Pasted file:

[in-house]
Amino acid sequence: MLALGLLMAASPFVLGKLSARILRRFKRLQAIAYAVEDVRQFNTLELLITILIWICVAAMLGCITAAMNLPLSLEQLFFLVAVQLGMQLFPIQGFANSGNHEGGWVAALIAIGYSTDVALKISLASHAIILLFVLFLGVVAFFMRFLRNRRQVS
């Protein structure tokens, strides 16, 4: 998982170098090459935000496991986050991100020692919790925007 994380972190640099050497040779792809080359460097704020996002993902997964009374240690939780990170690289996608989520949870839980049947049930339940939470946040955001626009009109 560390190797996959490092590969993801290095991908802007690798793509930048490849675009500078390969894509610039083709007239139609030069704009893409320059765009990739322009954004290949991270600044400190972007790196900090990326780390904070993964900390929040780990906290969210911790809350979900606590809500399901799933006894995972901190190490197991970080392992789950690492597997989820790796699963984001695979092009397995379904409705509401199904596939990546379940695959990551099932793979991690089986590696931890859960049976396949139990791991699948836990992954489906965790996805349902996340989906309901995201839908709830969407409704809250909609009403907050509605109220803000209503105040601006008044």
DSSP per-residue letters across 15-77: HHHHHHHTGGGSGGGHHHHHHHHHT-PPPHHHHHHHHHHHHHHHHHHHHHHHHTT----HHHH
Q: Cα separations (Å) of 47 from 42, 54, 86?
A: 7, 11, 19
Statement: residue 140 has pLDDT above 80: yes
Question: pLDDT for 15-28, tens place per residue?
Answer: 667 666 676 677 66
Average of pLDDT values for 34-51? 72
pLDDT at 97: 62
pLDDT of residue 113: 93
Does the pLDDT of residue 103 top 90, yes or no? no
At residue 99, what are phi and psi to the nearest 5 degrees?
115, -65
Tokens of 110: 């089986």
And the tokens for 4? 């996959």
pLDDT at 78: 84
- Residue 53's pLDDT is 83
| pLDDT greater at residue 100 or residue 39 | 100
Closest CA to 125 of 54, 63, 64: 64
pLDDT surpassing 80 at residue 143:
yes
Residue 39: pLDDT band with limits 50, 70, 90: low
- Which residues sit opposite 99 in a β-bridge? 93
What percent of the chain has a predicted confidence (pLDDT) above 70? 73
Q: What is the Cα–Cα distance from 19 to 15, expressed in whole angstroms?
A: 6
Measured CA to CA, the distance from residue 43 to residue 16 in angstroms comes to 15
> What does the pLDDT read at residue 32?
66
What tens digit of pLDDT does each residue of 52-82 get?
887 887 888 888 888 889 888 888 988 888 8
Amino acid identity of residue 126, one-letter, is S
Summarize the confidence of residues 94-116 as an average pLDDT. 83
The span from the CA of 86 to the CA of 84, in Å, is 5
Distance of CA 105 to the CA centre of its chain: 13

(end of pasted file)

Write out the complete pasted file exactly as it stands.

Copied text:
[in-house]
Amino acid sequence: MLALGLLMAASPFVLGKLSARILRRFKRLQAIAYAVEDVRQFNTLELLITILIWICVAAMLGCITAAMNLPLSLEQLFFLVAVQLGMQLFPIQGFANSGNHEGGWVAALIAIGYSTDVALKISLASHAIILLFVLFLGVVAFFMRFLRNRRQVS
């Protein structure tokens, strides 16, 4: 998982170098090459935000496991986050991100020692919790925007 994380972190640099050497040779792809080359460097704020996002993902997964009374240690939780990170690289996608989520949870839980049947049930339940939470946040955001626009009109 560390190797996959490092590969993801290095991908802007690798793509930048490849675009500078390969894509610039083709007239139609030069704009893409320059765009990739322009954004290949991270600044400190972007790196900090990326780390904070993964900390929040780990906290969210911790809350979900606590809500399901799933006894995972901190190490197991970080392992789950690492597997989820790796699963984001695979092009397995379904409705509401199904596939990546379940695959990551099932793979991690089986590696931890859960049976396949139990791991699948836990992954489906965790996805349902996340989906309901995201839908709830969407409704809250909609009403907050509605109220803000209503105040601006008044």
DSSP per-residue letters across 15-77: HHHHHHHTGGGSGGGHHHHHHHHHT-PPPHHHHHHHHHHHHHHHHHHHHHHHHTT----HHHH
Q: Cα separations (Å) of 47 from 42, 54, 86?
A: 7, 11, 19
Statement: residue 140 has pLDDT above 80: yes
Question: pLDDT for 15-28, tens place per residue?
Answer: 667 666 676 677 66
Average of pLDDT values for 34-51? 72
pLDDT at 97: 62
pLDDT of residue 113: 93
Does the pLDDT of residue 103 top 90, yes or no? no
At residue 99, what are phi and psi to the nearest 5 degrees?
115, -65
Tokens of 110: 């089986």
And the tokens for 4? 């996959």
pLDDT at 78: 84
- Residue 53's pLDDT is 83
| pLDDT greater at residue 100 or residue 39 | 100
Closest CA to 125 of 54, 63, 64: 64
pLDDT surpassing 80 at residue 143:
yes
Residue 39: pLDDT band with limits 50, 70, 90: low
- Which residues sit opposite 99 in a β-bridge? 93
What percent of the chain has a predicted confidence (pLDDT) above 70? 73
Q: What is the Cα–Cα distance from 19 to 15, expressed in whole angstroms?
A: 6
Measured CA to CA, the distance from residue 43 to residue 16 in angstroms comes to 15
> What does the pLDDT read at residue 32?
66
What tens digit of pLDDT does each residue of 52-82 get?
887 887 888 888 888 889 888 888 988 888 8
Amino acid identity of residue 126, one-letter, is S
Summarize the confidence of residues 94-116 as an average pLDDT. 83
The span from the CA of 86 to the CA of 84, in Å, is 5
Distance of CA 105 to the CA centre of its chain: 13